For the Record 9

January 17, 2019

Robert and I did a lot of easy studying, repeating, and reviewing during the last couple weeks.

Every day, we read two pages from Autism and PDD Expanding Social Options and practiced sentences related to each topic.

We advanced to the Intermediate level of presentation while working with lessons from Functional Routines for Adolescent & Adults Home. I expand the lessons to relate them to our previous experiences while performing many daily chores.

Robert is still solving one 9×9 Sudoku a day with my help. However, there are more moments when he independently enters a few numbers in the grid. Moreover, he grasped the idea that although sometimes we cannot point to the cell were given number belongs, we still can deduce that it belongs to a given column or row.  Using that information helped Robert to enter other numbers on the chart.  I consider this to be very important development.

I brought back Take Me to Your Seat folders. During the last two weeks, we used them to

1. Add positive and negative numbers to find the temperature  outside.                                                                                                                                                                                         2. Count the percent to find the sale price of clothes.                                                                                                                                                                                                                  3. 3 .Count vertices, edges, and faces of different 3D shapes.                                                                                                                                                                                                            4. Retrieve data from  bar, line, and circle graphs.

We practiced cursive writing to increase the length of some of the letters which Robert changes into microscopic, undecipherable waves.  There is not much improvement on this front.

We used Fun Deck cards to address among others the fluency of Robert’s speech. Lately, we went through set of Do and Does, Let’s Predict and a few others.

And of course we are still practicing pronunciation with old, huge Weber book, repeating each word or phrase twice.

we continue reading one chapter (around 10 pages each) a day from abridged children’s classics.

I realized, however, that Robert would benefit much more from original versions.

The time we study together is the most peaceful time in our home as everything hangs in balance.

However. it worries me that there is no increase in the length or number  of Robert’s independent activities. It worries me, that he relies too heavily on my support, suggestions, or even my physical presence to continue learning.

He demonstrates more drive with some of the chores – mainly laundry from loading the washing machine to folding and hanging and emptying dishwasher.

Unfortunately, as he is getting older, it is easier for me to see how many things I neglected to teach him or practice with him. Making list of such items would be much more useful than the list I have just written above.  Such list would allow me to set new goals instead of pretending to be satisfied with what I almost automatically do every day.

It is not what Robert needs most.  I know it, and he probably knows that too.

Connecting Parts of Robert’s Universe Part 1

I wrote this text two years ago as an introduction to my report about our trip to Philadelphia. However, the problems related to Robert’s ontology present themselves frequently enough to warrant a second look and more detailed description.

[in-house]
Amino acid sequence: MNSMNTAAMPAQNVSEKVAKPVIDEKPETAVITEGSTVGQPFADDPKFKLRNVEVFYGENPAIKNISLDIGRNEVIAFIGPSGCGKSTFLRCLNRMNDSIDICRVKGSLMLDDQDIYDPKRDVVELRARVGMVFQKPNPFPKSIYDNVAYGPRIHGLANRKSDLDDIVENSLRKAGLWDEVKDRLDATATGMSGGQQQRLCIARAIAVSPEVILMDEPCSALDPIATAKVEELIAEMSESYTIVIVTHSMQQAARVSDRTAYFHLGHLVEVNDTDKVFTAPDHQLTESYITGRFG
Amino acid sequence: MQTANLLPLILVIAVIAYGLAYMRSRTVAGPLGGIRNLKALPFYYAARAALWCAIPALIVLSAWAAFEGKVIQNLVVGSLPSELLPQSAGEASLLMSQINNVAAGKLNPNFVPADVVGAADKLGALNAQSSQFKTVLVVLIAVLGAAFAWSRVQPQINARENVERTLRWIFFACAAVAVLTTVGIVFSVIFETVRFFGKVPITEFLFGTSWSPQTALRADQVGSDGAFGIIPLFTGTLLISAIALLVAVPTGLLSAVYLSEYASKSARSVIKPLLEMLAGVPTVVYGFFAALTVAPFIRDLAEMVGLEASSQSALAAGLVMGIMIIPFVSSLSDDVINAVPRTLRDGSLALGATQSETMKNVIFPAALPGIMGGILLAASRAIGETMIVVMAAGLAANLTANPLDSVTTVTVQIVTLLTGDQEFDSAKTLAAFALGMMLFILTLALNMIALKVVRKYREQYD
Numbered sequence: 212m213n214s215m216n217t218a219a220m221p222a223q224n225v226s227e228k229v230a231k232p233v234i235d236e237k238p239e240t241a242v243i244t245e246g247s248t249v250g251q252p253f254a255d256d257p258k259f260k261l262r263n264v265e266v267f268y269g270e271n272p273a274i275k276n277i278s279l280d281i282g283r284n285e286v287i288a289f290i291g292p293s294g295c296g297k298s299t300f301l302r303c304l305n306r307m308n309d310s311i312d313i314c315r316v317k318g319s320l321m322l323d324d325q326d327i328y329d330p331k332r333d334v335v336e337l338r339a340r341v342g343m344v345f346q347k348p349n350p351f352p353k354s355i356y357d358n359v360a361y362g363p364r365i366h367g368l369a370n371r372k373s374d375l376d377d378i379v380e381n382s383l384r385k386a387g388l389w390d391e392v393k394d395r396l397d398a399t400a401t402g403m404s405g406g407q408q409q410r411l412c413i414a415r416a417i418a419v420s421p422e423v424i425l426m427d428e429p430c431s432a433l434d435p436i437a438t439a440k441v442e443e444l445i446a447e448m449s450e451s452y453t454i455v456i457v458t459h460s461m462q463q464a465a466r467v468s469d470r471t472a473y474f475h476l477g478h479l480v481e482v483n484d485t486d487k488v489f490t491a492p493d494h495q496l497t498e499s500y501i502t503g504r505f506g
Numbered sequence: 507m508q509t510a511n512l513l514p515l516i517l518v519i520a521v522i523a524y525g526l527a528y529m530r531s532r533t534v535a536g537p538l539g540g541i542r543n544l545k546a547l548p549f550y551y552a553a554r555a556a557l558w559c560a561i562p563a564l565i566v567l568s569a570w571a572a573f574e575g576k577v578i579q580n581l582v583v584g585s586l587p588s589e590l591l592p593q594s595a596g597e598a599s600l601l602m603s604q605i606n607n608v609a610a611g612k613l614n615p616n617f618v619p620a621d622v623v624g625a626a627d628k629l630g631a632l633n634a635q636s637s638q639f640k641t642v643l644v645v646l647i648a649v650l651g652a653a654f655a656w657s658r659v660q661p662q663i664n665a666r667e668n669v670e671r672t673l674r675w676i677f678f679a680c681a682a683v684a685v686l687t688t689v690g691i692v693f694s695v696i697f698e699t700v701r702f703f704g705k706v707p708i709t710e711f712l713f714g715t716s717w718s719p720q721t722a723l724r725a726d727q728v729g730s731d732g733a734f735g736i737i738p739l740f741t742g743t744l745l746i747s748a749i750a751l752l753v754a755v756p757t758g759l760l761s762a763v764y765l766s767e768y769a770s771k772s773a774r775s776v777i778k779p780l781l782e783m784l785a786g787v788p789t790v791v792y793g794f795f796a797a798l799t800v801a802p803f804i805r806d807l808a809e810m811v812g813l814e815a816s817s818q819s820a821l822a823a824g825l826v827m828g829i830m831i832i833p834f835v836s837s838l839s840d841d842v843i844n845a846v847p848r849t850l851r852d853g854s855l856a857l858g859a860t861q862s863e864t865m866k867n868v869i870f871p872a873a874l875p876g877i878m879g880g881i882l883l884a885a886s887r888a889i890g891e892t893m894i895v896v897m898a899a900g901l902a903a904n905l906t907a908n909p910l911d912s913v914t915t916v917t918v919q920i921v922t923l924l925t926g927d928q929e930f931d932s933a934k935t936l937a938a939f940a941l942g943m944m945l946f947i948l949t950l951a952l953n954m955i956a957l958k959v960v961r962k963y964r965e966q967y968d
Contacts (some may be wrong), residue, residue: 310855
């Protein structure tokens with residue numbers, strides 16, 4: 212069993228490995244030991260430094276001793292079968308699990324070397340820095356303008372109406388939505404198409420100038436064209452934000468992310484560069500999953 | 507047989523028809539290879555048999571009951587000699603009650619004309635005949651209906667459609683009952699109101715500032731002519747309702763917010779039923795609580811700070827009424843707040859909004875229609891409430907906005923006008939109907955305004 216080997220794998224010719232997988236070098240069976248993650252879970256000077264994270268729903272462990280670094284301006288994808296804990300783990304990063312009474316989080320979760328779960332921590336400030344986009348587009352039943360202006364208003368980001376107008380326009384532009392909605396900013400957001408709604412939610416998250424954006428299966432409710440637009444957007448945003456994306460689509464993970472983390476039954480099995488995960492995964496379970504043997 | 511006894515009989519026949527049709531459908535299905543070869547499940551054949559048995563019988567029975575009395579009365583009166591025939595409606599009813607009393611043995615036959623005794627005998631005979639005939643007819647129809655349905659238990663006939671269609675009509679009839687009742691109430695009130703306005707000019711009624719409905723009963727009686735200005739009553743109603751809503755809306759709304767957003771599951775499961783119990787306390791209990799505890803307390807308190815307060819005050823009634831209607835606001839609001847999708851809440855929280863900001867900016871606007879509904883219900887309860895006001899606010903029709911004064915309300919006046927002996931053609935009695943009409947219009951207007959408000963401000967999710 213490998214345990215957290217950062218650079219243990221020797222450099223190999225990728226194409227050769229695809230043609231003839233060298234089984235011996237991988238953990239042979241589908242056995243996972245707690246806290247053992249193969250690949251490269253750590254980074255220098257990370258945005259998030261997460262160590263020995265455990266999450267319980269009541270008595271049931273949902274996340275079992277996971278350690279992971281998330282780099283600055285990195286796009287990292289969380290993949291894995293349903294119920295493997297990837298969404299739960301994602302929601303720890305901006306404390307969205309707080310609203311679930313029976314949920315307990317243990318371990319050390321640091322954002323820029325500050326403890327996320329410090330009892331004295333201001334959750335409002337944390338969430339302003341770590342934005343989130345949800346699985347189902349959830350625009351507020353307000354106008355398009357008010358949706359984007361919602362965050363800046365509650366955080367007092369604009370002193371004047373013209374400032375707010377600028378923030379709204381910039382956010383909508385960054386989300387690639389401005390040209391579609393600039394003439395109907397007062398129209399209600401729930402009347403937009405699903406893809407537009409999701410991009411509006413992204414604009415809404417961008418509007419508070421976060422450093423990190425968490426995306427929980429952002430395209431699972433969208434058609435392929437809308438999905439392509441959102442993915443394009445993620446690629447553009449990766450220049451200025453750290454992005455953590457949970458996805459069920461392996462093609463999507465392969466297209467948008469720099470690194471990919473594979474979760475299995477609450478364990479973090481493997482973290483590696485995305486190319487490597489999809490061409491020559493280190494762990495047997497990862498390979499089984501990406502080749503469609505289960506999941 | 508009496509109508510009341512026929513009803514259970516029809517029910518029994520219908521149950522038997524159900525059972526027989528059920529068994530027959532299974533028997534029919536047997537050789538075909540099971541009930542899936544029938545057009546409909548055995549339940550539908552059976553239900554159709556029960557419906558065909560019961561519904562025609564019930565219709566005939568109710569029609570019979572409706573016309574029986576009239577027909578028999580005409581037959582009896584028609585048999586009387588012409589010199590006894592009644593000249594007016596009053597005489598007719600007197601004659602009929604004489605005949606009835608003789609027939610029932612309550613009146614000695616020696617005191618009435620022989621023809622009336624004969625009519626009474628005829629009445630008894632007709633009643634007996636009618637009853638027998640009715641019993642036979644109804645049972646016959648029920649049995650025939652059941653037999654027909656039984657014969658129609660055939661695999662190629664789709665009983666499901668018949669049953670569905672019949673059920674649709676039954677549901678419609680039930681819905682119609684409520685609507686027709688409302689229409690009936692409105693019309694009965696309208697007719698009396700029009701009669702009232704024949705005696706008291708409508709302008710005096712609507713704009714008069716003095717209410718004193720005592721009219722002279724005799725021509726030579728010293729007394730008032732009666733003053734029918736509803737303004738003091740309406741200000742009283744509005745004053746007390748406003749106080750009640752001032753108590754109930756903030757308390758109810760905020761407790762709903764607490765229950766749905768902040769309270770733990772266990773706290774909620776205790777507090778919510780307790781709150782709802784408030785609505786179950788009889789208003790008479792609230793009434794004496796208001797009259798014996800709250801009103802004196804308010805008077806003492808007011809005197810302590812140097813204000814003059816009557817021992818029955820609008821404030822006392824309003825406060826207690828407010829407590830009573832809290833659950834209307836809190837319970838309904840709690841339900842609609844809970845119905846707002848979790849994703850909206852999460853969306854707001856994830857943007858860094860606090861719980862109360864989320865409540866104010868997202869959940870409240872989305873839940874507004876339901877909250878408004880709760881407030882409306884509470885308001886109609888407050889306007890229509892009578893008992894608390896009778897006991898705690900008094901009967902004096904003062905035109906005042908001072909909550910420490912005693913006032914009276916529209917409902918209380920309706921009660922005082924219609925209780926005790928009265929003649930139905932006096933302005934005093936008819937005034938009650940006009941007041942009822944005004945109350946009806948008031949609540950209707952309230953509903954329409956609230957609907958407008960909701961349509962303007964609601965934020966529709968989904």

When, during our trip to Philadelphia, Robert was exposed to new arrangements of familiar elements, he exhibited  the behaviors I knew from the past.  I dealt with them years ago and believed they were extinct.  They weren’t.

In the past, I discovered that Robert’s universe was made of separate bubbles. Each bubble consisted of specific places, concrete people, and a particular set of rules characteristic to that sub-world.

1.  Each person has assigned her own place  in the world and shouldn’t encroach  on another person’s space. Robert tried to push me out when I visited HIS classroom.  He attempted to block his teachers from entering OUR home.  While we, the parents, could take him to almost any restaurant, only his respite providers (any of them) could take Robert to McDonald’s.

2. Each person also had  special role in Robert’s life.  When outside, Robert followed Amanda example to the T’s.  She climbed on a rock, he did too.  She walked on a fallen tree, he walked on it too. She jumped in a funny way from the curb, he returned to the sidewalk to emulate her movement.  But when Amanda reached for the bottle of juice which was placed too high for Robert (he was shorter than she at that time), he got mad. It was not her job to do so.  Only parents could give him his juice.  It was their prerogative and their responsibility.

3. Robert could go to any place provided that after each visit we returned home.  Then he could go again. The home was the center connected to other bubbles, but the remaining bubbles were not supposed to be connected to each other.

4. The things should remain in the same places.  All things, including cars and people.

Over the years, we managed to help Robert expand his worlds and connect many of those separate sub-worlds into more complex but hopefully more uniform universe replacing narrow rules with more general ones that allowed for flexible adjustments. However, during our trip to Philadelphia Robert seemed to recreate his old model of the universe.  When we didn’t act in accordance with this model, Robert tried to remedy  that by constantly remaining us about the problem and, when we didn’t react properly, he protested.